The five big banks that agreed in a $25 billion mortgage settlement to reform foreclosure practices have continued to "dual-track" homeowners, an abusive technique that pushes families out of homes they thought their bank was trying to help them save, according to a new report by a monitor overseeing the settlement in California.
The report, by Katherine Porter, a University of California-Irvine law professor, is the first official look at the progress the banks have made in complying with the terms of the deal, reached in March after federal and state investigations. Bank of America, JPMorgan Chase, Citigroup, Wells Fargo and Ally Financial have until Wednesday to implement hundreds of "servicing" reforms mandated by the settlement, or face penalties of up to $1 million per occurrence. HuffPost recently reported that the settlement has yet to spur discernible change in bank behavior.
"We have met all servicing standards requirements on time and will meet remaining requirements under the settlement," said Bank of America spokesman Richard Simon in a statement. "Bank of America has and will continue to work with urgency to help our customers avoid foreclosure."
The other banks involved in the settlement did not immediately respond to a request for comment on the report.
Porter, who was appointed by California Attorney General Kamala Harris to oversee the settlement, focused on dual-tracking she said because it is one of the most harmful servicing practices that banks were required to reform. Dual-tracking also suggests broader institutional problems that have plagued the foreclosure industry for years, including a lack of communication between various departments at mortgage companies, she said.
"Dual-tracking costs people their homes," Porter said.
She has "tempered optimism" that banks will stop dual-tracking and make other reforms required by the settlement.
The report's conclusions are limited. It deals only with California homeowners, but still offers some concerning statistics. Over the past six months, Porter's small team of law students and attorneys sifted through 1,482 complaints from California families. Of those, "at least" 224 complaints concerned dual-tracking, according to her report, which deals only with California homeowners.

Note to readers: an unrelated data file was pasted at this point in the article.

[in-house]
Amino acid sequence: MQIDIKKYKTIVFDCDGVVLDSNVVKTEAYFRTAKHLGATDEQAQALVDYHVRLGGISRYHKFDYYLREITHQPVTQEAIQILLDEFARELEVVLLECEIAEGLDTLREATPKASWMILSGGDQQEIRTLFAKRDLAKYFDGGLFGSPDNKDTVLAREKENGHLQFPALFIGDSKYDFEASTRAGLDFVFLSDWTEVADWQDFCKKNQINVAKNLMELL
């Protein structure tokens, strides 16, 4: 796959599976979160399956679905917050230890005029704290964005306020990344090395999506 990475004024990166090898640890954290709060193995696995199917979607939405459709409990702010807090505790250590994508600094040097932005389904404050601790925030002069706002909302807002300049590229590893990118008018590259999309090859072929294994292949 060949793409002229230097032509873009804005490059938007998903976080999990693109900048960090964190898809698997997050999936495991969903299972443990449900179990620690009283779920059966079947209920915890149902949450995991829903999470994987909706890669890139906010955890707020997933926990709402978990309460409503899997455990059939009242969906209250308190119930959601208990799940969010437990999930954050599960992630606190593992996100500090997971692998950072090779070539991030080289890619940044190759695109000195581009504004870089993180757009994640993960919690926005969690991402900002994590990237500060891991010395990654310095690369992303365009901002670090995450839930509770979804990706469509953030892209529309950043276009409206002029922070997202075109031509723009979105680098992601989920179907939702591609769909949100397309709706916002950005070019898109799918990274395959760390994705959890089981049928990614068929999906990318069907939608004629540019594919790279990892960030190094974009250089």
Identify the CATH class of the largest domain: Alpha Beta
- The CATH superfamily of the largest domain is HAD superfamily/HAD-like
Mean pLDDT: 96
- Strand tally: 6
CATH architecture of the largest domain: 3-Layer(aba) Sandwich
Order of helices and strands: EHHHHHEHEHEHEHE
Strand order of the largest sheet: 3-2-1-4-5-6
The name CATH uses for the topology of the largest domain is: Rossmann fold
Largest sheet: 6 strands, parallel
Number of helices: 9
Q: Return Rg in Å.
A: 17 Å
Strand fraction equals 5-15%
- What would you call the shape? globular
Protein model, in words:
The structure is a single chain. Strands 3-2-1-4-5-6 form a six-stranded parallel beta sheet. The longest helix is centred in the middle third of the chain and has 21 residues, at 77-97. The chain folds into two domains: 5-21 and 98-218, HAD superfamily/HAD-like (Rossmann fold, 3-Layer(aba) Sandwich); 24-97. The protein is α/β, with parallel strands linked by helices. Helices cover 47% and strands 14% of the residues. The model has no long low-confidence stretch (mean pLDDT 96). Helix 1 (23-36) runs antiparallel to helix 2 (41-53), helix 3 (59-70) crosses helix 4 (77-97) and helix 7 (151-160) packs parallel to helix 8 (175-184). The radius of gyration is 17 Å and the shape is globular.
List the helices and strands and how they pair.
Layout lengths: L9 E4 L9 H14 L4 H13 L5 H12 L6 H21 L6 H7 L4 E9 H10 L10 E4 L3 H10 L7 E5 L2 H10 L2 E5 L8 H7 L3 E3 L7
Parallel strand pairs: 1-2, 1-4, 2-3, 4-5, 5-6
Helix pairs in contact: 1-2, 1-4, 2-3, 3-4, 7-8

Her team received half as many complaints about dual-tracking in September as it did in August, which is a hopeful sign, Porter said. But in August, a full 25 percent of those complaints were for dual-tracking, she said.
This is a practice that mortgage companies should have stopped long ago, she said. "Consumers shouldn't need a law professor as their ally."
Porter said her team has intervened with mortgage companies to stop dozens of wrongful foreclosures. One of the borrowers the group helped was "Patricia," from Lakewood, Calif., who found a notice of sale in her flower garden on Sept. 2, despite her "diligent efforts" to obtain a modification. The California Monitor Program was able to help Patricia postpone the sale date, the report says.
"We've seen a somewhat painful implementation period for families," Porter said. "Banks were given six months because these changes require major retooling. But there has been pain families while waiting for it to take effect."
As part of the national settlement deal, the banks also agreed to write down $10 billion in mortgage debt and offer other homeowner assistance. That relief has also been slow, though it is still early.
UPDATE: 10/3/12 10:69 a.m. -- JPMorgan Chase, Wells Fargo and Ally Financial responded to a HuffPost query with statements about their compliance with the mortgage settlement.
"Wells Fargo has met its requirement to implement the servicing standards outlined in the National Mortgage Servicing Settlement that was announced last February," a spokeswoman said.
A JPMorgan Chase spokeswoman said the bank had met all 320 servicing reforms. "This has been an enormous effort, as the standards cover all aspects of the servicing business, and cover such matters as single point of contact, customer service, loss mitigation, anti-blight and tenants rights," she said.
A spokeswoman for GMAC Mortgage, which is a subsidiary of Ally Financial, said: "GMAC Mortgage is working closely with the Office of Mortgage Settlement Oversight to ensure compliance with all aspects of the settlement, subject to internal and external independent validation."